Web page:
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What minimum is too much? Assessing the impact of MUP on off licences in border areas

Posted on: 16 Feb 2022

Alcohol producers are thinking creatively following the introduction of Minimum Unit Pricing (MUP) in January 2022. Suppliers have delisted products and made over 20 changes in product sizes, according to industry sources. Some brands have reduced the alcohol content in their brands in order to abide by MUP restrictions. Linden Village Cider, for example, reduced its content from 6% to 5%, thereby keeping the product in its original price category.


The impact of MUP on grocers, particularly those in border areas, has been a concern for retail representative groups. “Consumers are increasingly looking across the border to shop given there are significant price differentials,” said Arnold Dillon, director of Retail Ireland. Vincent Jennings, CEO of the CSNA, noted that members have reported “additional sales being made north of the border”. Tara Buckley, RGDATA Director General, said “traffic going north to buy cheaper alcohol has increased.”


Retail News visited Michael Finnegan, who owns Camelot Off Sales in Dundalk, near the border. He was optimistic about MUP.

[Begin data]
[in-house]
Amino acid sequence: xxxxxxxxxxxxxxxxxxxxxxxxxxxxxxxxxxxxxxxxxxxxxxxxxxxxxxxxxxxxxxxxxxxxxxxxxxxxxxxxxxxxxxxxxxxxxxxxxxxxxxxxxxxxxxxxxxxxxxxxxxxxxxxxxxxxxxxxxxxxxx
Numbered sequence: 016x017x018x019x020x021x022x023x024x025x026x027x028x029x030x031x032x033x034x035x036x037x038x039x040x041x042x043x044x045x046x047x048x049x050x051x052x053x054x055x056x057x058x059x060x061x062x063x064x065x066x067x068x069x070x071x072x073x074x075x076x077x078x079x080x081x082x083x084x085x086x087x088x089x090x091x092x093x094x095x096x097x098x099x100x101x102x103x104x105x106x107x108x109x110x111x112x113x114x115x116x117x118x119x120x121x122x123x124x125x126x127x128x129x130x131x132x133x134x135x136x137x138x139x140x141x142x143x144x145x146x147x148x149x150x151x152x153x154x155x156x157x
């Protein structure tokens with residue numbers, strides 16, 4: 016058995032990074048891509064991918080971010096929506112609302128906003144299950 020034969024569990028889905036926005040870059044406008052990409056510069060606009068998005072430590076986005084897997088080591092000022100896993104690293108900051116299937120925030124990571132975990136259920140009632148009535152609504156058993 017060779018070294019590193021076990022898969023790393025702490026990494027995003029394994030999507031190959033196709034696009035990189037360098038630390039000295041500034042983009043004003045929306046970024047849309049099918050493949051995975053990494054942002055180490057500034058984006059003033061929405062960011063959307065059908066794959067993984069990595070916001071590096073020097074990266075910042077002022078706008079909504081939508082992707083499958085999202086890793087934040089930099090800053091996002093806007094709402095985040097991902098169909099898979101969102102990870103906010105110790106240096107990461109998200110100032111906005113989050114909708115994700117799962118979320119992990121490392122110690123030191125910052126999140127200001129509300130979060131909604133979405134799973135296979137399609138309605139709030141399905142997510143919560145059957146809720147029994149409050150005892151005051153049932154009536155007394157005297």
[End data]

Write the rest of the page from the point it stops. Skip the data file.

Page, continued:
“People have a misconception that independent off-licences were hit by this,” said Finnegan. “This was actually a massive favour for independent offlicences. It will increase our margins because supermarkets were selling below cost. Independent off-licences cannot compete against someone selling their product at a loss. I met with a senator months before this came in and discussed a formula for working out a price. I told him the same thing: we can’t wait for MUP. I’m sorry it didn’t come in five years ago.”

Retail News also spoke to Charlie McClafferty who runs McClafferty’s Carry Out in Letterkenny, half an hour’s drive from the border.

“Our wine sales have gone up and we’re as busy this January as we were last January,” said McClafferty. “I would say 80% of the stock in our shop hasn’t been affected.”


Off-licence owners agree there has been a change in pricing and consumer habits, however. MUP was one of the last measures of the Public Health (Alcohol) Act to come into force. Under the new rules, alcohol pricing will be based on the grams of alcohol it contains. Alcohol will not be able to be sold, at a minimum, beneath 10c per gram. A 500ml 4.3% can of beer must cost at least €1.70. Cheap beers, therefore, are most affected.


Finnegan noted that five of his beer products have increased in price - including Dutch Gold, Tennent’s Lager, and Strongbow Cider. Under MUP rules, an average bottle of wine cannot be sold for under €7.40, which may impact multiples more than independent stores. “We don’t sell very cheap bottles of wine,” said Finnegan.


Cider was one of the hardest categories hit in Scotland when MUP was introduced in 2018. The biggest impact in Ireland may be felt on slabs of beer at promotional prices. “Tennent’s has been a big hit for us,” noted McClafferty. “Tennent’s is a massive seller in Donegal. We usually get a pallet of Tennent’s every week while other off-licences might get two or three cases. We were selling a slab of 24 cans for €24: a euro a can. Now it’s €6 for 4 [€36 for a slab of 24].”